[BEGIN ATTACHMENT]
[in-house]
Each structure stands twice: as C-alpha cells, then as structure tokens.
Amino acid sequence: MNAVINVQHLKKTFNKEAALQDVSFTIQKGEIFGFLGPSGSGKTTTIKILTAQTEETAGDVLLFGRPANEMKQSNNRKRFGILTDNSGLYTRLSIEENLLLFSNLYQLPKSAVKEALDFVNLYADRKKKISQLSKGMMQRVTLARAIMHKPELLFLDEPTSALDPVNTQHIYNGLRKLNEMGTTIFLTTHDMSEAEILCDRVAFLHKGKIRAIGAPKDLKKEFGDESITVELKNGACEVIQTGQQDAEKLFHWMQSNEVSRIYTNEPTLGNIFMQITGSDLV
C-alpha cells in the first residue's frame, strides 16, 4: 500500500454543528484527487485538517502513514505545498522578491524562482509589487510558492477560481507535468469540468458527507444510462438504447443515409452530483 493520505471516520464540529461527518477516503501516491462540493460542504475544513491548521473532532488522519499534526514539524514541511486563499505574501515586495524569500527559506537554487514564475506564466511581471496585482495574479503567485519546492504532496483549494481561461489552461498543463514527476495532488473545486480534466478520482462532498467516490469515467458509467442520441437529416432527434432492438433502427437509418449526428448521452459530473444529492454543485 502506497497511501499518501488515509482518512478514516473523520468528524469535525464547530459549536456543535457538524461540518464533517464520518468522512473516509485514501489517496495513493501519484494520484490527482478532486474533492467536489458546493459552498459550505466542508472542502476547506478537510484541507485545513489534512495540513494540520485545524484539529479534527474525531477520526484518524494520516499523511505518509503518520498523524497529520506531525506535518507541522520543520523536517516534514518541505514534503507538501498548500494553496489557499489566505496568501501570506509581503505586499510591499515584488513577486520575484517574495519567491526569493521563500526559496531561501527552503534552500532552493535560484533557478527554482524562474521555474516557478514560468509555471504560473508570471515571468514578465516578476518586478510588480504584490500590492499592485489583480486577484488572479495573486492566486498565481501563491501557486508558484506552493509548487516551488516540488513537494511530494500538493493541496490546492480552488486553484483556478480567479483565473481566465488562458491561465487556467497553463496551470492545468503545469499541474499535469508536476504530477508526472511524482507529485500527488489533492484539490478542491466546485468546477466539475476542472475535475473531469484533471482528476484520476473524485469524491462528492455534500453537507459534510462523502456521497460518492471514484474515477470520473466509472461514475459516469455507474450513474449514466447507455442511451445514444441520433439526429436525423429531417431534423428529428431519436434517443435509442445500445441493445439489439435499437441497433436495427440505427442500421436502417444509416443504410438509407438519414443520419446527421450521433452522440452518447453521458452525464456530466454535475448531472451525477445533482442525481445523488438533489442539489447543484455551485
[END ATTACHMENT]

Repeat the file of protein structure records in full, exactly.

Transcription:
[in-house]
Each structure stands twice: as C-alpha cells, then as structure tokens.
Amino acid sequence: MNAVINVQHLKKTFNKEAALQDVSFTIQKGEIFGFLGPSGSGKTTTIKILTAQTEETAGDVLLFGRPANEMKQSNNRKRFGILTDNSGLYTRLSIEENLLLFSNLYQLPKSAVKEALDFVNLYADRKKKISQLSKGMMQRVTLARAIMHKPELLFLDEPTSALDPVNTQHIYNGLRKLNEMGTTIFLTTHDMSEAEILCDRVAFLHKGKIRAIGAPKDLKKEFGDESITVELKNGACEVIQTGQQDAEKLFHWMQSNEVSRIYTNEPTLGNIFMQITGSDLV
C-alpha cells in the first residue's frame, strides 16, 4: 500500500454543528484527487485538517502513514505545498522578491524562482509589487510558492477560481507535468469540468458527507444510462438504447443515409452530483 493520505471516520464540529461527518477516503501516491462540493460542504475544513491548521473532532488522519499534526514539524514541511486563499505574501515586495524569500527559506537554487514564475506564466511581471496585482495574479503567485519546492504532496483549494481561461489552461498543463514527476495532488473545486480534466478520482462532498467516490469515467458509467442520441437529416432527434432492438433502427437509418449526428448521452459530473444529492454543485 502506497497511501499518501488515509482518512478514516473523520468528524469535525464547530459549536456543535457538524461540518464533517464520518468522512473516509485514501489517496495513493501519484494520484490527482478532486474533492467536489458546493459552498459550505466542508472542502476547506478537510484541507485545513489534512495540513494540520485545524484539529479534527474525531477520526484518524494520516499523511505518509503518520498523524497529520506531525506535518507541522520543520523536517516534514518541505514534503507538501498548500494553496489557499489566505496568501501570506509581503505586499510591499515584488513577486520575484517574495519567491526569493521563500526559496531561501527552503534552500532552493535560484533557478527554482524562474521555474516557478514560468509555471504560473508570471515571468514578465516578476518586478510588480504584490500590492499592485489583480486577484488572479495573486492566486498565481501563491501557486508558484506552493509548487516551488516540488513537494511530494500538493493541496490546492480552488486553484483556478480567479483565473481566465488562458491561465487556467497553463496551470492545468503545469499541474499535469508536476504530477508526472511524482507529485500527488489533492484539490478542491466546485468546477466539475476542472475535475473531469484533471482528476484520476473524485469524491462528492455534500453537507459534510462523502456521497460518492471514484474515477470520473466509472461514475459516469455507474450513474449514466447507455442511451445514444441520433439526429436525423429531417431534423428529428431519436434517443435509442445500445441493445439489439435499437441497433436495427440505427442500421436502417444509416443504410438509407438519414443520419446527421450521433452522440452518447453521458452525464456530466454535475448531472451525477445533482442525481445523488438533489442539489447543484455551485